• Evaluate the necessity of care. Prioritize surgical/procedural care and high-complexity chronic disease management. Select preventative services may also be necessary.
  • Establish non-COVID care (NCC) zones at which the non-emergent, non-COVID-19 care may be furnished. Such areas should have controls in place to reduce the risk of COVID-19 exposure, such as patient screening for COVID-19 symptoms and routine screening of staff who plan to enter the area.
  • Ensure, without jeopardizing COVID-19 surge capacity, that sufficient resources are available at the facility across phases of care, including PPE, healthy workforce, facilities, supplies, testing capacity, and post-acute care.

Regarding these resource categories, CMS provides several specific recommendations.

Personal Protective Equipment

  • Surgical facemasks should always be worn by all providers and staff. Appropriate respiratory protection, such as N95 masks and face shields, should be worn during procedures with a higher risk of aerosol transmission.
  • Patients should wear a face cloth covering if a surgical mask is not available.

Workforce Availability

  • Routinely screen all staff for symptoms of COVID-19. Test and quarantine any symptomatic individuals.
  • Staff working in NCC zones should not rotate in COVID-19 care zones.
  • Providers must maintain adequate staffing levels in case of a surge in COVID-19 cases.

Facility

  • Create NCC zones to provide in-person, non-emergent care. Separate these areas from other facilities to the extent possible and have controls in place to reduce the risk of COVID-19 exposure and transmission.
  • Administrative and engineering controls should be established and utilized within the facility to facilitate social distancing such as minimizing time in waiting areas, spacing chairs at least 6 feet apart, and maintaining low patient volumes.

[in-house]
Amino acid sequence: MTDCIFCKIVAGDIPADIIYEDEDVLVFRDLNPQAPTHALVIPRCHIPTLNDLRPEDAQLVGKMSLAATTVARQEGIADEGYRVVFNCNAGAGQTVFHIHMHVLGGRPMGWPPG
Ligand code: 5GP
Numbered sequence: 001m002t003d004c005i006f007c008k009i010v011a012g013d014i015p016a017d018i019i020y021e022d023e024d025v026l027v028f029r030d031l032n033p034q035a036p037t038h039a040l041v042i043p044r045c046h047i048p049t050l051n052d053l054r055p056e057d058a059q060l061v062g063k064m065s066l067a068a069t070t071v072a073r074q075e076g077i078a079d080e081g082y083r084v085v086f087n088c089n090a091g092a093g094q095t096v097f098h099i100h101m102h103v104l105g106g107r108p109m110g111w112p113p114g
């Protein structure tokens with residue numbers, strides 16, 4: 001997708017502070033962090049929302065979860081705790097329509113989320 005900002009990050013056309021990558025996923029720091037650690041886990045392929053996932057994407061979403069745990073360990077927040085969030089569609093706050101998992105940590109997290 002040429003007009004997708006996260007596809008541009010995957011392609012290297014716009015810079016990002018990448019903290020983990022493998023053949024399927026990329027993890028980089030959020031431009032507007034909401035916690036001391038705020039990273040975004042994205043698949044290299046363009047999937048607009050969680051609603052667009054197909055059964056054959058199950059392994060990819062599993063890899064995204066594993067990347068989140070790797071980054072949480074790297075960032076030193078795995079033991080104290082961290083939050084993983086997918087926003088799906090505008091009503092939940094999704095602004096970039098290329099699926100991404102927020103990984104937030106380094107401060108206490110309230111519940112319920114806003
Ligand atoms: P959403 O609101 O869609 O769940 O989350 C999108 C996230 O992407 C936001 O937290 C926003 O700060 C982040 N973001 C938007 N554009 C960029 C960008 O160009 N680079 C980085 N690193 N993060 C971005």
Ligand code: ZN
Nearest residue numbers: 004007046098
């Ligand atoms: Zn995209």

• Prohibit visitors unless necessary for care.

Sanitation Protocols

  • Establish a plan to clean and disinfect spaces and facilities prior to treating non-COVID-19 patients.
  • Decontaminate equipment thoroughly, such as anesthesia machines used for COVID-19 patients, in accordance with Centers for Disease Control and Prevention (CDC) guidelines.

Supplies

  • Ensure adequate quantities of equipment, medication, and supplies, such that the provision of non-emergent services does not detract from the ability to respond to a potential surge.

Testing Capacity

  • Screen all patients for symptoms of COVID-19 prior to entering NCC areas. Routinely screen staff for potential symptoms.
  • When testing capability reaches adequate levels, screen patients via laboratory testing prior to care, and screen staff regularly by laboratory testing.

These guidelines are not aimed at healthcare facilities and providers that are still seeing increasing numbers of COVID-19 cases. Facilities and providers in areas still seeing higher numbers of COVID-19 cases are encouraged to continue following the recommendations made by CMS in March.

All facilities that choose to restart non-emergent care should continually reevaluate whether their region remains at low risk of incidence, and should be prepared to cease non-essential procedures if a surge in COVID-19 cases occurs.

Stacy Chaplain

About Has 45 Posts

Stacy Chaplain, MD, CPC, is an executive editor at AAPC. She has worked in medicine for almost 20 years and has more than five years' experience in medical writing & editing. Prior to AAPC, she led a compliance team as director of clinical coding quality for a multispecialty group practice. Chaplain received her Bachelor of Arts in Biology from The University of Texas at Austin and her Medical Doctorate from The University of Texas Medical Branch in Galveston. She is a member of the Beaverton, Ore. local chapter.

Leave a Reply

Your email address will not be published. Required fields are marked *